Average U.S. home prices increased by 2.2% in May over April for S&P/Case-Shiller's 10- and 20-City Composite indices. But home prices fell by 1.0% for the 10-City Composite and by 0.7% for the 20-City Composite versus May 2011.
Both Composites and 17 of the 20 metro areas saw increases in annual returns in May compared to April. Boston, Charlotte and Detroit saw annual returns worsen in May, with annual rates of -0.1%, +0.9% and +0.6%, respectively. Atlanta continues to be the only city posting a double-digit negative annual return with -14.5%. However, this is an improvement over the -17.0% annual decline recorded in April. All 20 cities and both composites posted positive monthly returns. No cities posted new lows in May 2012.
“With May’s data, we saw a continuing trend of rising home prices for the spring,” says David M. Blitzer, chairman of the index committee at S&P Dow Jones Indices. “On a monthly basis, all 20 cities and both composites posted positive returns and 17 of those cities saw those rates of change increase compared to what was observed for April. Seventeen of the 20 cities and both composites also saw improved annual rates of return. We have observed two consecutive months of increasing home prices and overall improvements in monthly and annual returns; however, we need to remember that spring and early summer are seasonally strong buying months.
“The 10- and 20-City Composites were each up 2.2% for the month and recorded respective annual rates of decline of 1.0% and 0.7%, compared to May 2011. While still negative, these annual changes are the best we’ve seen in at least 18 months.
“Taking a closer look at the cities, Phoenix again posted the best annual return. Average home prices in that region were up 11.5% versus May 2011. It was one of the hardest hit cities in the collapse, and prices are still more than 50% below their June 2006 peak, but the past five months have been positive for that market. Miami and Tampa are two other Sunbelt cities that were hard-hit in the downturn, but are now showing positive annual rates of change.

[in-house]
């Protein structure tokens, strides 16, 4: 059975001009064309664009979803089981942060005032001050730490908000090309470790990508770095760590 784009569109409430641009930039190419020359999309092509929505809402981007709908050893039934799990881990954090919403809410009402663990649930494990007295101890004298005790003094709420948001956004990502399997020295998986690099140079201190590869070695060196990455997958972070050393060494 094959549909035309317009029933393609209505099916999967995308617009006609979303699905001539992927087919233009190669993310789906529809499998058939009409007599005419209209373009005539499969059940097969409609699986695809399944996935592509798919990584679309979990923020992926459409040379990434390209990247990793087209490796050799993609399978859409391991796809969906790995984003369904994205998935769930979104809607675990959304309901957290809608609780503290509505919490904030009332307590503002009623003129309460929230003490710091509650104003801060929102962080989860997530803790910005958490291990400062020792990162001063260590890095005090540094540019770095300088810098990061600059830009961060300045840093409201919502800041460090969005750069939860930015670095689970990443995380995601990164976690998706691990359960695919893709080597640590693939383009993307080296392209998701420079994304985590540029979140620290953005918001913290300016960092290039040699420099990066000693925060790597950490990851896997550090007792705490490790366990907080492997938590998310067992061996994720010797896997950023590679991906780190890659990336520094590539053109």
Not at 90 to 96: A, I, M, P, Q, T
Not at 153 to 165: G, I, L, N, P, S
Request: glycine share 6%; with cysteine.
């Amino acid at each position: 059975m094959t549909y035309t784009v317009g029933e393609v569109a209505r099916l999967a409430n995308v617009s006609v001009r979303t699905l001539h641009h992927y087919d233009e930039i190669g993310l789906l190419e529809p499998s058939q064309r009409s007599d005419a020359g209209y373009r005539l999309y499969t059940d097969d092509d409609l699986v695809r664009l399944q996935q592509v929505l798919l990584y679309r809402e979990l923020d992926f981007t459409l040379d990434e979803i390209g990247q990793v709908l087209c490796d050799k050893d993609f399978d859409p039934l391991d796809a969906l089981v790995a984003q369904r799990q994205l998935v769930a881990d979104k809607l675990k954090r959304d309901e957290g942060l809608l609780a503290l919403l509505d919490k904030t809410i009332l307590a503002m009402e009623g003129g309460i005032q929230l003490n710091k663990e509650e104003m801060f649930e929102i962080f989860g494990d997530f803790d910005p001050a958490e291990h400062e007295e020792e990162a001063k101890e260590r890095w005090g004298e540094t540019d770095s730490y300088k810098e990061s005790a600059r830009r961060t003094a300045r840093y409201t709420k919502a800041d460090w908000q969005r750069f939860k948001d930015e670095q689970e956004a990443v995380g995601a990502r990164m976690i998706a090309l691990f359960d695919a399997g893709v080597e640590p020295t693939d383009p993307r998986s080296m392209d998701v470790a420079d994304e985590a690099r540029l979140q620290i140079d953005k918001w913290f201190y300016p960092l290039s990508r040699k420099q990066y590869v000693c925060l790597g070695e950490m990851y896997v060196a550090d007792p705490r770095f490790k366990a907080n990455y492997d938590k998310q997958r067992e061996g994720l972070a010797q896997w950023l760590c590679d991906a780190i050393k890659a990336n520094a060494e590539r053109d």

"Boston, Charlotte and Detroit, on the other hand, saw their annual rates of return deteriorate compared to April, even though prices rose over the month of May," Blitzer added. "Las Vegas posted both a positive monthly change in May and saw an improvement in its annual return; that said, the market is still more than 60% below it August 2006 peak.
“June data for existing home sales, new home sales, housing starts and mortgage default rates were a bit mixed, but all are better than their year-ago levels. The housing market seems to be stabilizing, but we are definitely in a wait-and-see mode for the next few months.”
As of May 2012, average home prices across the United States are back to the levels where they were in spring 2003 for the 20-City Composite and to summer 2003 levels for the 10-City Composite. Measured from their June/July 2006 peaks through May 2012, the decline for both Composites is approximately 33%. The 10-City Composite recently reached its low in the current housing cycle in March 2012 and the 20-City in February 2012; at that time both Composites were down approximately 35% from their summer 2006 peaks.
In May 2012, we observed all 20 MSAs and both Composites posting positive monthly returns. Atlanta, again, was the only city to post a double-digit negative annual rate of return of 14.5%; however it saw improvements in both monthly and annual rates versus what was published for April. Phoenix posted the highest annual rate of growth amongst all 20 cities at +11.5%, an improvement over the +8.6% annual return recorded in April. Chicago fared the best in terms of monthly returns with a 4.5% increase in home prices as compared to April. Atlanta, Cleveland, Detroit and Las Vegas continue to have average home prices below their January 2000 levels.
More than 25 years of history for the S&P/Case-Shiller Home Price Indices is available, and can be accessed in full by going to www.homeprice.standardandpoors.com.